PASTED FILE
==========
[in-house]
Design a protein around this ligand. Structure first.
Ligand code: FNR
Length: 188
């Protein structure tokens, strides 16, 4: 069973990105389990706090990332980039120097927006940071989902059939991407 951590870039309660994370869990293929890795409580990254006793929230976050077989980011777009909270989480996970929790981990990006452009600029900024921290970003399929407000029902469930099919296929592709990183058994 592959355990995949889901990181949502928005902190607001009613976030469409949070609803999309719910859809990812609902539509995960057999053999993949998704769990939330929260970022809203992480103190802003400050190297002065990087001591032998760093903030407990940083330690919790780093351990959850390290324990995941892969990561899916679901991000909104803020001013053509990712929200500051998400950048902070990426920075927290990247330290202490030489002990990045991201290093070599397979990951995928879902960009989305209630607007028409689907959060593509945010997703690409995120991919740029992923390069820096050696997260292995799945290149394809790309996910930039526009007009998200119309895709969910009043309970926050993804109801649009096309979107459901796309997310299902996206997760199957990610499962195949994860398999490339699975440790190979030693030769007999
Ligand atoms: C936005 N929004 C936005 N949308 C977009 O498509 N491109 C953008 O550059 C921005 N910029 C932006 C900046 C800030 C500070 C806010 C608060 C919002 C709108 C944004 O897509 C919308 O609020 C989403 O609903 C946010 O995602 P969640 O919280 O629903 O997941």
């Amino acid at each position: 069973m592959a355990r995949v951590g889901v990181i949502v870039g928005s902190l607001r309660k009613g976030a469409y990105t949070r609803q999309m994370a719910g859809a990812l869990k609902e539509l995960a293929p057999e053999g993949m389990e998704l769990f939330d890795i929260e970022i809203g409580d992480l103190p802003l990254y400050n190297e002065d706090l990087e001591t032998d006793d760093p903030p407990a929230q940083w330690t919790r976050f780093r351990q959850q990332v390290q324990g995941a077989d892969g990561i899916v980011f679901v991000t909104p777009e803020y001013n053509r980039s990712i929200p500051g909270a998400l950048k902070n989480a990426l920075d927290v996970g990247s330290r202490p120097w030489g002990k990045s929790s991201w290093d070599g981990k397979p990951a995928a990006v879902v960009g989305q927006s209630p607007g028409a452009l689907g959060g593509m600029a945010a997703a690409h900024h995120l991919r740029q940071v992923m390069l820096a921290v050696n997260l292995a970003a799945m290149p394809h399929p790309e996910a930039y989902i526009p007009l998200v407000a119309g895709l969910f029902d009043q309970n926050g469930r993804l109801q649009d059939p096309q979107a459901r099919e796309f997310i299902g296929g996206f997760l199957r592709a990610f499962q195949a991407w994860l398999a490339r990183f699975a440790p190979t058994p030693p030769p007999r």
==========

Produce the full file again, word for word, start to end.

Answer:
[in-house]
Design a protein around this ligand. Structure first.
Ligand code: FNR
Length: 188
């Protein structure tokens, strides 16, 4: 069973990105389990706090990332980039120097927006940071989902059939991407 951590870039309660994370869990293929890795409580990254006793929230976050077989980011777009909270989480996970929790981990990006452009600029900024921290970003399929407000029902469930099919296929592709990183058994 592959355990995949889901990181949502928005902190607001009613976030469409949070609803999309719910859809990812609902539509995960057999053999993949998704769990939330929260970022809203992480103190802003400050190297002065990087001591032998760093903030407990940083330690919790780093351990959850390290324990995941892969990561899916679901991000909104803020001013053509990712929200500051998400950048902070990426920075927290990247330290202490030489002990990045991201290093070599397979990951995928879902960009989305209630607007028409689907959060593509945010997703690409995120991919740029992923390069820096050696997260292995799945290149394809790309996910930039526009007009998200119309895709969910009043309970926050993804109801649009096309979107459901796309997310299902996206997760199957990610499962195949994860398999490339699975440790190979030693030769007999
Ligand atoms: C936005 N929004 C936005 N949308 C977009 O498509 N491109 C953008 O550059 C921005 N910029 C932006 C900046 C800030 C500070 C806010 C608060 C919002 C709108 C944004 O897509 C919308 O609020 C989403 O609903 C946010 O995602 P969640 O919280 O629903 O997941």
């Amino acid at each position: 069973m592959a355990r995949v951590g889901v990181i949502v870039g928005s902190l607001r309660k009613g976030a469409y990105t949070r609803q999309m994370a719910g859809a990812l869990k609902e539509l995960a293929p057999e053999g993949m389990e998704l769990f939330d890795i929260e970022i809203g409580d992480l103190p802003l990254y400050n190297e002065d706090l990087e001591t032998d006793d760093p903030p407990a929230q940083w330690t919790r976050f780093r351990q959850q990332v390290q324990g995941a077989d892969g990561i899916v980011f679901v991000t909104p777009e803020y001013n053509r980039s990712i929200p500051g909270a998400l950048k902070n989480a990426l920075d927290v996970g990247s330290r202490p120097w030489g002990k990045s929790s991201w290093d070599g981990k397979p990951a995928a990006v879902v960009g989305q927006s209630p607007g028409a452009l689907g959060g593509m600029a945010a997703a690409h900024h995120l991919r740029q940071v992923m390069l820096a921290v050696n997260l292995a970003a799945m290149p394809h399929p790309e996910a930039y989902i526009p007009l998200v407000a119309g895709l969910f029902d009043q309970n926050g469930r993804l109801q649009d059939p096309q979107a459901r099919e796309f997310i299902g296929g996206f997760l199957r592709a990610f499962q195949a991407w994860l398999a490339r990183f699975a440790p190979t058994p030693p030769p007999r």